Cosmographia UniversalisSebastian Münster, 1544

The Rīga Skyline—Then and Now

It's a scene familiar to anyone with a good Latvian history book: the Riga skyline as it appeared in the mid-16th century, still instantly recognizable today:

Early-to-mid-16th century Rīga skyline from across the Daugava river

We've always admired this particular woodcut both for its artistry and its uncanny similarity to the Riga of today. To be honest, it has also been a source of pride that Rīga was a preeminent global city in its heyday, albeit that rise was at the cost of German hegemony over the Baltics. It's also discouraging that Russia's growing post-Soviet authoritarianism and warring point to Rīga never re-establishing itself as a major western transit port serving the Russian interior.

Our photo, squeezed in from the sides to match the woodcut. Only St. Jacob's still has its original spire.
Ship detail from woodcut

Our scan is of an original leaf taken from the 1575 French edition of Sebastian Munster's epic encyclopedic work, the Cosmographia Universalis.

It was only after we had the leaf in our possession that we discovered this was more than a pretty picture. It was the lead illustration for an article about the Latvians. The article is most notable because it contains among the the very first published samples of the Latvian language, the Lord's Prayer. Tantalizingly, frustratingly, our single leaf ends right in the middle:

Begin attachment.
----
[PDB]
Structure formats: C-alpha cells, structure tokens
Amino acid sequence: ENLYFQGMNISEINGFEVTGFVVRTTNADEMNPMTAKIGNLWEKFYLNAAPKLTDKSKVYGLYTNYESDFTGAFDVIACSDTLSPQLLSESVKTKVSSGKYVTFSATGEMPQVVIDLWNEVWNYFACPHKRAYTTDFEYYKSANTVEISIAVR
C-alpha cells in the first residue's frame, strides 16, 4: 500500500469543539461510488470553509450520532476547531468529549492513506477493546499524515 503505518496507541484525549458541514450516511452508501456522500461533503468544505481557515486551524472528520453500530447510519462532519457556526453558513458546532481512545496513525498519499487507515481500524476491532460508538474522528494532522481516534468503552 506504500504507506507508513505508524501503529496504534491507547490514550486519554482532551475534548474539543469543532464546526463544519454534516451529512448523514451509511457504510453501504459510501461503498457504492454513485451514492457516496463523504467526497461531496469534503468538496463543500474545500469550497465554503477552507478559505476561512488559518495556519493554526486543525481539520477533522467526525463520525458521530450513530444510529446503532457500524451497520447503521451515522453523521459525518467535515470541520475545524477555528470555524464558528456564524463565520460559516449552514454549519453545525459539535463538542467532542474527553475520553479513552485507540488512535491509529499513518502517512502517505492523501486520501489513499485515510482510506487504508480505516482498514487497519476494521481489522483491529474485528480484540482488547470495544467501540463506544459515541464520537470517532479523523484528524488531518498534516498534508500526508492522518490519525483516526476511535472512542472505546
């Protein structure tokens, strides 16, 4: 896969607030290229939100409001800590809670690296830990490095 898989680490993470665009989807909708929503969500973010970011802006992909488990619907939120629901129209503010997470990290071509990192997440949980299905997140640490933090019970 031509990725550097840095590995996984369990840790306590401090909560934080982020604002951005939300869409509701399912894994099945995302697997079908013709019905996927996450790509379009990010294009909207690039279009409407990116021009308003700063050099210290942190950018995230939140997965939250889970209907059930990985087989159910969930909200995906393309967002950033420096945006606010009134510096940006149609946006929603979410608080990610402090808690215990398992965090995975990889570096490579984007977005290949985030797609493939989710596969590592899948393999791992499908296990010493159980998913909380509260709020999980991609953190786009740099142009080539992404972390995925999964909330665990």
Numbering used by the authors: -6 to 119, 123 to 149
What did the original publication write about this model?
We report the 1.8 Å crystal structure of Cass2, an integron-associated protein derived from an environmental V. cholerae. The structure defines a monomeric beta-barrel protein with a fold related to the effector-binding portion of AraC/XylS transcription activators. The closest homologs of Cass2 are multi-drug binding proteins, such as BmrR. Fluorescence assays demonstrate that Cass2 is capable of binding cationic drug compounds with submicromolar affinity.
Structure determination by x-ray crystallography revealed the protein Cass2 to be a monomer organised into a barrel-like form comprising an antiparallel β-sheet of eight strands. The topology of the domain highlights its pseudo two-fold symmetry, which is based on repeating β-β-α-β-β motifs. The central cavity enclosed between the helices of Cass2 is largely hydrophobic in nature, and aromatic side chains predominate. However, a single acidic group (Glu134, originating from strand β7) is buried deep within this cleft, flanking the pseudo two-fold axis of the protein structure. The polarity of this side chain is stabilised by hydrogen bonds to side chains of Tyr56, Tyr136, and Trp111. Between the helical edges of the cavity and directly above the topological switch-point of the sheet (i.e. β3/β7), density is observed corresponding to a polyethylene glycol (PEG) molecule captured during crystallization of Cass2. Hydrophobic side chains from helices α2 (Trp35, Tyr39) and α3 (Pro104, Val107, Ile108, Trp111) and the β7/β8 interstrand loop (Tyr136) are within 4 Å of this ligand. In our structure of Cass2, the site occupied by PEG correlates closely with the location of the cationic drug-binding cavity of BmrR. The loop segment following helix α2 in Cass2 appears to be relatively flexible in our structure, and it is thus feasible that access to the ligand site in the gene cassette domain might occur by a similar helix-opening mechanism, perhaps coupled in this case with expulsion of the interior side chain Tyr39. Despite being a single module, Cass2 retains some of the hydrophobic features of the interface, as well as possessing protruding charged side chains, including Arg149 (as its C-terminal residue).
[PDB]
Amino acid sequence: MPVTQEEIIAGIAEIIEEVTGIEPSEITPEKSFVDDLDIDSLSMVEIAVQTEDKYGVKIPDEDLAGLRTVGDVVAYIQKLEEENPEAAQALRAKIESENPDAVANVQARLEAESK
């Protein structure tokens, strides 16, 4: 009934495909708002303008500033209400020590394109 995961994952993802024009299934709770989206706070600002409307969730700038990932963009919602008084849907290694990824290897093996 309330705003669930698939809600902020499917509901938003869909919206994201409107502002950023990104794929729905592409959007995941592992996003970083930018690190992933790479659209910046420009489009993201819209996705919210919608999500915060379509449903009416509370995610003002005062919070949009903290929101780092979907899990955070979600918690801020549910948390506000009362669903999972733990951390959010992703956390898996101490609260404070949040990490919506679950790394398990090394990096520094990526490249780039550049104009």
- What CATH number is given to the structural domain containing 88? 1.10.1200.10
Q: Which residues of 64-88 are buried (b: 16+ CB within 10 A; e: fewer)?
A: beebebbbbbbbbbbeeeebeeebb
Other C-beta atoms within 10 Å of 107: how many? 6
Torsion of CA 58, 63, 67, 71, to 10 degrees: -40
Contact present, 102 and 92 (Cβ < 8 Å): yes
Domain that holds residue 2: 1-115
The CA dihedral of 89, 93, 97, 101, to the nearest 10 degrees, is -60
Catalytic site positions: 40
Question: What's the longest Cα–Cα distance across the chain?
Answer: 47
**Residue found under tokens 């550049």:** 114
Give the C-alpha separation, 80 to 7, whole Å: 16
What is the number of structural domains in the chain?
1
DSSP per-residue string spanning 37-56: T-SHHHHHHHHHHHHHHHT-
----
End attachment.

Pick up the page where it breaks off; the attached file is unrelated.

16th century version of modern “Mūsu Tēvs debesīs...”

Sebastian Münster

Sebastian Münster (1489-1552) was born in Ingelheim, Germany, and lived for the latter part of his life in Basel, Switzerland. His interests and talents spanned mathematics, Hebrew linguistics and scholarship, and cartography. In 1544 he published the Cosmographia, the culmination of his academic career, containing more than 500 woodcut pages. The Cosmographia was issued in 46 editions—pre-dating its intellectual progeny, the Encyclopaedia Britannica, by more than two centuries. Editions included:

  • in German between 1544 and 1628;
  • in Latin between 1550 and 1559;
  • in Italian in 1558; and
  • in French in 1575.

An outbreak of the plague tragically cut Münster's life short in 1552. Successors continued publishing and updating editions.

Updated: October, 2018

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